The legal battle for the Havana Club rum entered with the current year in what seems to be its end after an almost two-decade-long litigation. In mid-January the United States Patent and Trademark Office (USPTO) granted Cuba the registration and rights of the famous trademark which was in dispute with the Bacardi family. But the Cuban side as well as the rival rum maker, established in Puerto Rico, have given signs that they won’t stay with their arms crossed.
After the initial surprise over this decision, Bacardi asked for the U.S. authorities for explanations of why it had granted the Cuban government the rights over the rum trademark, since it considered that the USPTO did so illegally.
According to USPTO documents which the AFP had access to, the Cuban company Cubaexport presented the documentation before the patent office this month after getting a special authorisation from the Treasury Department’s Office of Foreign Assets Control (OFAC) on January 11. Cuba had obtained the trademark’s registration in 1976 but in 2006 lost it when it was unable to present a license from the Treasury Department.
This time the USPTO notified attorney David Bernstein, Cubaexport’s representative in New York, of the cessation of the period of ten years since the previous registration, after which this company presented a license authorising the payment of its fee for the renovation of the registration of the Havana Club trademark for another ten years, “as well as all the other necessary transactions.”
The following day, the registration of the trademark was renewed by the Cuban firm “and the USPTO data will be updated according to this,” the document says and adds: “The registration will be sent to the corresponding department for actions consistent with this decision.”
The ruling will allow Cuba to market the rum in the United States only when Washington lifts the economic blockade applied to the Caribbean nation for more than half a century. Though until then it won’t be able to sell that rum, the decision does give Cuba a legal recourse to confront the use of the trademark by any other entity except Havana Club International S.A., a joint venture between Cuba Ron and the French Pernod-Ricard.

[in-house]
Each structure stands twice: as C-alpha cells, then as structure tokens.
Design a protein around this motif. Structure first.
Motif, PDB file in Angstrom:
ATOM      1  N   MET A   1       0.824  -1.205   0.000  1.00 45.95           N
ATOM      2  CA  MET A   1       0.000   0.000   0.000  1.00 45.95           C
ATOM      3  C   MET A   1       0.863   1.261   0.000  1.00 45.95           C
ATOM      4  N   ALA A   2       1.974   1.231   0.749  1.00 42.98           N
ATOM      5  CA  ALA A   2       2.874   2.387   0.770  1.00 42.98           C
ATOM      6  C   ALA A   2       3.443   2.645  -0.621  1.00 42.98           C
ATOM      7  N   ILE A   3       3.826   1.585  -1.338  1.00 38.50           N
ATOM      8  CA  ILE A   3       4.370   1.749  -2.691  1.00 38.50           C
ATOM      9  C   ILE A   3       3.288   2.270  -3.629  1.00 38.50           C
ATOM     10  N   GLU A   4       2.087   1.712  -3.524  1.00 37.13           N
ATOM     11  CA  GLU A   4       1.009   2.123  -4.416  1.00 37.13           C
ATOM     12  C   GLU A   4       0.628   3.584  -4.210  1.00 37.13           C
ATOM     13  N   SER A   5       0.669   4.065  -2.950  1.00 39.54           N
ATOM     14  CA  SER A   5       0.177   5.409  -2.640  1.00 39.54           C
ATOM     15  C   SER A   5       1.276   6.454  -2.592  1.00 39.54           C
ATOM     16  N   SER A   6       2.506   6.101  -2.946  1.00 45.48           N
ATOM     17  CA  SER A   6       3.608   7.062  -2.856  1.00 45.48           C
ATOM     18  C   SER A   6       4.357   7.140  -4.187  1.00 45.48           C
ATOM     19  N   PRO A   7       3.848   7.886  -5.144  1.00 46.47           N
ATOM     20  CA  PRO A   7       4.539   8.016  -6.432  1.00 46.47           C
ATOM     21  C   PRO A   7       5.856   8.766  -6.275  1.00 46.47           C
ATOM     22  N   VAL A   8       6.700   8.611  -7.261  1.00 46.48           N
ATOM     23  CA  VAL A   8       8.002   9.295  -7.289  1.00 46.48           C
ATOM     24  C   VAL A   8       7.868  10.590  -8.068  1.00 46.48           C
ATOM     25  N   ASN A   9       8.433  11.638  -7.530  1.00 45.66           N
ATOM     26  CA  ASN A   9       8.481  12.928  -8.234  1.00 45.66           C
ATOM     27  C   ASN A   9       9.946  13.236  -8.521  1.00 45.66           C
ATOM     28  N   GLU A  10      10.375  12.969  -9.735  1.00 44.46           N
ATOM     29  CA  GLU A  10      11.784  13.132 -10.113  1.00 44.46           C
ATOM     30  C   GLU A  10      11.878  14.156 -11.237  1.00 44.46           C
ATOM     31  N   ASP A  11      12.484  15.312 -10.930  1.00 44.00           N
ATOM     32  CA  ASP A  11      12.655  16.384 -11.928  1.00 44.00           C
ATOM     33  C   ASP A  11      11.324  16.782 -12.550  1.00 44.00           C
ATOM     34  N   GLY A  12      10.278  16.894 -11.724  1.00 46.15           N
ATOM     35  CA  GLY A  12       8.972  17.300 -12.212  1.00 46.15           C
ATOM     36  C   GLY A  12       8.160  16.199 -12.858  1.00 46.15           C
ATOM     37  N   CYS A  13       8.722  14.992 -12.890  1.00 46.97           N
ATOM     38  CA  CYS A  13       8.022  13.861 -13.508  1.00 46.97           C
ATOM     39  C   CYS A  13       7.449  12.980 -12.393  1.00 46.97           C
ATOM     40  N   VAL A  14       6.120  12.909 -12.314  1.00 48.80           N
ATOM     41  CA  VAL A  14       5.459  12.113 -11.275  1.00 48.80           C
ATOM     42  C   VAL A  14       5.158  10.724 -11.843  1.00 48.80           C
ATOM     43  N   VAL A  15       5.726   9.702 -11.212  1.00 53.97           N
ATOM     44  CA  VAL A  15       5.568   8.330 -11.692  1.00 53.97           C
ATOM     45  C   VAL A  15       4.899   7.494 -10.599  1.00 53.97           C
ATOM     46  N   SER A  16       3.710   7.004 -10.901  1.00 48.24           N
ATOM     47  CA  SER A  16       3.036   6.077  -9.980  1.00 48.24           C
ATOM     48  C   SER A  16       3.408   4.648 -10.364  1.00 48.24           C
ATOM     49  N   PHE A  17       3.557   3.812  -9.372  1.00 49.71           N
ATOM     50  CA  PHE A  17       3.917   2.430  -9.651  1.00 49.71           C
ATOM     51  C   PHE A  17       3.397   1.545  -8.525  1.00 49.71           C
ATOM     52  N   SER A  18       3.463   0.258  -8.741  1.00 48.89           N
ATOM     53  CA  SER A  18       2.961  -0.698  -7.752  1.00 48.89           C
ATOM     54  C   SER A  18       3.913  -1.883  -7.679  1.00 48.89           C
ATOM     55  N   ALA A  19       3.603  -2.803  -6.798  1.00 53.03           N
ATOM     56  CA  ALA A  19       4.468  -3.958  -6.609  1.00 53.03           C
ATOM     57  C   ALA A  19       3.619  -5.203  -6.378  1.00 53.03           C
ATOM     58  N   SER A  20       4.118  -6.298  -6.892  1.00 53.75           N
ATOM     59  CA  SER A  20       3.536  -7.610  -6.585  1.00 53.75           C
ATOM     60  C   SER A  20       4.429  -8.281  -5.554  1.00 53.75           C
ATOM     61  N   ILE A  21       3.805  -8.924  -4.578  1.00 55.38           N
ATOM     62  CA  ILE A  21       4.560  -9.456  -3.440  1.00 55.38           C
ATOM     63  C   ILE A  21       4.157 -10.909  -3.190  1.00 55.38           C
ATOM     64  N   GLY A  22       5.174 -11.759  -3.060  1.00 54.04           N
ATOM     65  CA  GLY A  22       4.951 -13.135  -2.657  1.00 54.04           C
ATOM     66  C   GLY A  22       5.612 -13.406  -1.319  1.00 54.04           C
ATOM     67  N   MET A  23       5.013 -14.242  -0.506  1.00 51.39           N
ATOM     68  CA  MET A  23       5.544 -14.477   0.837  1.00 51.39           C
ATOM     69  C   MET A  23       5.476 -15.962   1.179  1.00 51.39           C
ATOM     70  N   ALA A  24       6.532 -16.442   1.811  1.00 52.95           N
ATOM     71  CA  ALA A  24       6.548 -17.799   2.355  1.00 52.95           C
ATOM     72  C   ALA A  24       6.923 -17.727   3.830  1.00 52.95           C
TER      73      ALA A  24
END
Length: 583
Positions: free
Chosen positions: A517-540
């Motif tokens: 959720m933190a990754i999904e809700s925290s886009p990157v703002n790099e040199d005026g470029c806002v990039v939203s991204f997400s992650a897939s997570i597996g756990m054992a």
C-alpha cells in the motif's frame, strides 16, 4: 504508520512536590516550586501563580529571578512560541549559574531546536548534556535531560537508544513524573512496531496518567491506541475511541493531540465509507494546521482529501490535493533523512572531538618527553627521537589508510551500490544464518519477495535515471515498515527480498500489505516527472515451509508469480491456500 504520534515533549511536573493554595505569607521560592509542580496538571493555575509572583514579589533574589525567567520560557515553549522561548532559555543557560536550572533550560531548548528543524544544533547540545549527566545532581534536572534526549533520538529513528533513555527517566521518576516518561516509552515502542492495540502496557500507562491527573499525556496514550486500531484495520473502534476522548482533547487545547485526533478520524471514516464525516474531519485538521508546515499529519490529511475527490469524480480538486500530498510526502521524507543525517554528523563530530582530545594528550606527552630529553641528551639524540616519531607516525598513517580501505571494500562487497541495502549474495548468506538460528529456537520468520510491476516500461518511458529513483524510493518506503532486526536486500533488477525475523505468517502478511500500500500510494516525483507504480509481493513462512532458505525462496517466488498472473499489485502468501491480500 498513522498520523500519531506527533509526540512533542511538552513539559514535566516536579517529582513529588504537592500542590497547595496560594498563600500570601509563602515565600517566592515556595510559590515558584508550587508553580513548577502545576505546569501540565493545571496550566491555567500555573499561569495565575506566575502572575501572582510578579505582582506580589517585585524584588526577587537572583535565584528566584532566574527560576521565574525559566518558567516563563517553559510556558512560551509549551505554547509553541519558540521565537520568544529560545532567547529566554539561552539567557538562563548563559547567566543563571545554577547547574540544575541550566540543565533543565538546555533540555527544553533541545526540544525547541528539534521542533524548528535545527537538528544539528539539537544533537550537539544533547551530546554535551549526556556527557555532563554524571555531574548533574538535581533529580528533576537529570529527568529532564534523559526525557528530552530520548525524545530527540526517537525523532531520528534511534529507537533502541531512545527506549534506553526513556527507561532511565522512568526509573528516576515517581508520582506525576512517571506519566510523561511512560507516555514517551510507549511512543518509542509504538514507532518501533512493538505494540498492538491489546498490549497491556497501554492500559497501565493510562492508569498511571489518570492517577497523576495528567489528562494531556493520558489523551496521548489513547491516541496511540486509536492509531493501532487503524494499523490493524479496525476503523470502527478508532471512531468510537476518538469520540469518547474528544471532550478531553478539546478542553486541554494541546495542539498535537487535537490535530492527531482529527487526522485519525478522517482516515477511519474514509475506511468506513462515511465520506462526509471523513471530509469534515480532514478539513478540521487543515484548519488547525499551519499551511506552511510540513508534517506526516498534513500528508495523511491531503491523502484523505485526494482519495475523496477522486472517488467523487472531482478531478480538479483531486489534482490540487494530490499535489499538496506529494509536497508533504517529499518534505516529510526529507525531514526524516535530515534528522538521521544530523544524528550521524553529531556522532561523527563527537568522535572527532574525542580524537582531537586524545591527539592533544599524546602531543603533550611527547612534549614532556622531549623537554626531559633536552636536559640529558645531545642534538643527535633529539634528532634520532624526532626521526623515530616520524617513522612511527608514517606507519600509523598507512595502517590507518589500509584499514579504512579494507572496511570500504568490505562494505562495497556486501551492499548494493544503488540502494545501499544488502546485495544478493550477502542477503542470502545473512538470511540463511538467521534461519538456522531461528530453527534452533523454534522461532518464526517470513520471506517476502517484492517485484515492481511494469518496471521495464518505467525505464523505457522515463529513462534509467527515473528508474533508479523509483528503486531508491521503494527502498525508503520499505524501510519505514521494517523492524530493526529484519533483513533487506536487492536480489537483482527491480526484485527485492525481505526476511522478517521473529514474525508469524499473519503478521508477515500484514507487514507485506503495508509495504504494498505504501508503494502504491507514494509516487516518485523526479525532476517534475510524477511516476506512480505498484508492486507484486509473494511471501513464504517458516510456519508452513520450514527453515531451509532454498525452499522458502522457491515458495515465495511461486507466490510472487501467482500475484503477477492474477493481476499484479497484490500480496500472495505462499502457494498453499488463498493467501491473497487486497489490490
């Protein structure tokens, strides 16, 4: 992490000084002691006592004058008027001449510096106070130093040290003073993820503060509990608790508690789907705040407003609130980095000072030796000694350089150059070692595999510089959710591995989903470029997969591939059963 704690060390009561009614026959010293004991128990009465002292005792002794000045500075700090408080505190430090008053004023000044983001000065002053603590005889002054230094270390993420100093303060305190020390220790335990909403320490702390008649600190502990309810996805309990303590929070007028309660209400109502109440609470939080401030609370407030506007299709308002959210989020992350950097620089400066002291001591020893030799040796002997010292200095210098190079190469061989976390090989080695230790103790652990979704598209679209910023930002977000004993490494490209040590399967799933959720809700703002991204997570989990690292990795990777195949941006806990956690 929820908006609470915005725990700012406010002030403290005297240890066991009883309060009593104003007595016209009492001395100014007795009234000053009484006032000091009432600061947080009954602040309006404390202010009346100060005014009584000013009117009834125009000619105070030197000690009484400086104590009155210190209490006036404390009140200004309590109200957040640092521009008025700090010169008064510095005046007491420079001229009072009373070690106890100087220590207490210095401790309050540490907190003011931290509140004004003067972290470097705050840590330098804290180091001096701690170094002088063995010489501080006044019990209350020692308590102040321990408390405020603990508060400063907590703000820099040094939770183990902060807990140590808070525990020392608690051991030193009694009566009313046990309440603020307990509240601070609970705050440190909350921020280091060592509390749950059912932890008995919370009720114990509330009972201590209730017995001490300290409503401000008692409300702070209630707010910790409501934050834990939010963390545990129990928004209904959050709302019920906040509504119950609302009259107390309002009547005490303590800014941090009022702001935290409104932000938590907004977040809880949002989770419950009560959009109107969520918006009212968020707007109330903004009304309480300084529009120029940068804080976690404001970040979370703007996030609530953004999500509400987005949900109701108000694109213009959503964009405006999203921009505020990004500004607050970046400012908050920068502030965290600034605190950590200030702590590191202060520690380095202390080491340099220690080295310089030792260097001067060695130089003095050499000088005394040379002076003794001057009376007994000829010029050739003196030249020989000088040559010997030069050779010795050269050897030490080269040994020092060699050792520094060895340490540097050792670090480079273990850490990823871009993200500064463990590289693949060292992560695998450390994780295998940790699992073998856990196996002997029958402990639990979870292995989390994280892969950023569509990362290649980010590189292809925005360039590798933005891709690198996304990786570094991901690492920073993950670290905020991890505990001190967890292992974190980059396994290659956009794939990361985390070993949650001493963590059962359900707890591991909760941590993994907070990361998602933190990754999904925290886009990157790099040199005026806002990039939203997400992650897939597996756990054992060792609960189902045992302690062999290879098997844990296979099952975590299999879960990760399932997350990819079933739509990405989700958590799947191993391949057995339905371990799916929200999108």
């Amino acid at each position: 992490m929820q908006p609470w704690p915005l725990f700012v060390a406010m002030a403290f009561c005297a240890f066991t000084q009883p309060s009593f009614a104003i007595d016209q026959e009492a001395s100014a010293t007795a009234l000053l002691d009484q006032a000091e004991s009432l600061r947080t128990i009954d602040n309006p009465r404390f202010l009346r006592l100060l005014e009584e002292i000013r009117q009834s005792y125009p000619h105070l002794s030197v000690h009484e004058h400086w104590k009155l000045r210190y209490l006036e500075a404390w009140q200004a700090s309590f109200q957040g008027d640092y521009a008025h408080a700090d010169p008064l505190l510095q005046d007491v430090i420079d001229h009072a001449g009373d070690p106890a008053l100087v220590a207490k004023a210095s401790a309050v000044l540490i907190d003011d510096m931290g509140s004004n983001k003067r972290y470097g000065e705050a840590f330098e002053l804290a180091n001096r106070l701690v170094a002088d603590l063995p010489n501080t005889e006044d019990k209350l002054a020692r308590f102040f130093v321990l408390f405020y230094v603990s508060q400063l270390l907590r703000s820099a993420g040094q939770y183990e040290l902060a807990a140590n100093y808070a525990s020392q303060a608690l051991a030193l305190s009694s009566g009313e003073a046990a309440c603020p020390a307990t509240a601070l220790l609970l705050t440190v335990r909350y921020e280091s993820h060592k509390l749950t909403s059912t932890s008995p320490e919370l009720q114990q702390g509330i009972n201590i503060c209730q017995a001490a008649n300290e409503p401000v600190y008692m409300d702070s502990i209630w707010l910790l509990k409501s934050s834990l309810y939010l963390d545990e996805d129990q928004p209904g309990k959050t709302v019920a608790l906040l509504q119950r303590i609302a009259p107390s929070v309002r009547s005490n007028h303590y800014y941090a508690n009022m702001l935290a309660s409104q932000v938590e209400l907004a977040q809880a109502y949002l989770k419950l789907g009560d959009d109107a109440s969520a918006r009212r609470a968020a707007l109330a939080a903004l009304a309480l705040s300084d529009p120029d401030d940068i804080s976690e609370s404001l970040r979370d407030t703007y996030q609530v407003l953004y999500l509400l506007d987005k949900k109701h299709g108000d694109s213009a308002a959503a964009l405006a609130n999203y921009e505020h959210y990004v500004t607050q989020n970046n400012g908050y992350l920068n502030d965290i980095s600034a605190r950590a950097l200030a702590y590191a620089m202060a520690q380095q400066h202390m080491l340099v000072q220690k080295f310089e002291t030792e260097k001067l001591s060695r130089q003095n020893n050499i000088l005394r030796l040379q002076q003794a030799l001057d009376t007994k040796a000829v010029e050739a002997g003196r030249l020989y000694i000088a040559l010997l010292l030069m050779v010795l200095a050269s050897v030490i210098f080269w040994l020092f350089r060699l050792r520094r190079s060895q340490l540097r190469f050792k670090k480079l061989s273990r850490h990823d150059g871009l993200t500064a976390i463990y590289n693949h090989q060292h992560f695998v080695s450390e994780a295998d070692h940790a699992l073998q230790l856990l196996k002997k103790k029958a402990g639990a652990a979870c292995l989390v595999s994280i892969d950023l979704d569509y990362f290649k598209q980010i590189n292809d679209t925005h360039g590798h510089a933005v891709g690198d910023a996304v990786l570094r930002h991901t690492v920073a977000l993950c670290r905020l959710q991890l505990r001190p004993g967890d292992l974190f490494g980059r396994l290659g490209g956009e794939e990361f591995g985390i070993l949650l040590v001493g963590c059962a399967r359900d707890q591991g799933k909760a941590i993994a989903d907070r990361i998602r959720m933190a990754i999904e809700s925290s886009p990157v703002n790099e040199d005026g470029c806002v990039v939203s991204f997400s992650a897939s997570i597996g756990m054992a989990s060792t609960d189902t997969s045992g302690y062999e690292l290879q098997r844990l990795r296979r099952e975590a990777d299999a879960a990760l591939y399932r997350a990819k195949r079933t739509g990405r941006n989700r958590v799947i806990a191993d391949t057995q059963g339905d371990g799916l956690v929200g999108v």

For years Bacardi has been producing in Puerto Rico a rum with a similar trademark and sells it in the United States, under protest by the Cuban government and the firm that owns its, which consider those sales are a commercial theft.
Neither did Cuba, which celebrated the recent U.S. ruling, standby silently after the battle was won.
The Cuban ambassador to the Geneva-based international agencies, Anayansi Rodríguez Camejo, resorted to the Dispute Settlement Body of the World Trade Organisation (WTO) and described as positive and just the recent renewal of the registration of the Havana Club trademark in the United States on behalf of the company Cubaexport.
But the diplomat warned that the validity of Section 211 of the Omnibus Appropriations Act of 1998, the reason for an old legal dispute with the United States, prevents the recognition by that country’s courts of Cuban trademarks and patents. In such a case, she said, the possibility remains latent that the registration of the famous rum is cancelled at any time, backed by that legislation, by decision of a U.S. court.
Havana Club International is present with that rum in more than 140 markets with annual sales of four million boxes of nine litres. Despite the fact that its access to the U.S. market is banned due to the economic blockade, at present it ranks in 24th place in the classification of the 100 best sold spirits sold in the world. Eighty per cent of the exports have Europe as their destination, a bit over 15 per cent is sold in Latin America and Canada, and the rest is marketed in countries of Asia, Africa and Oceania. (2016)
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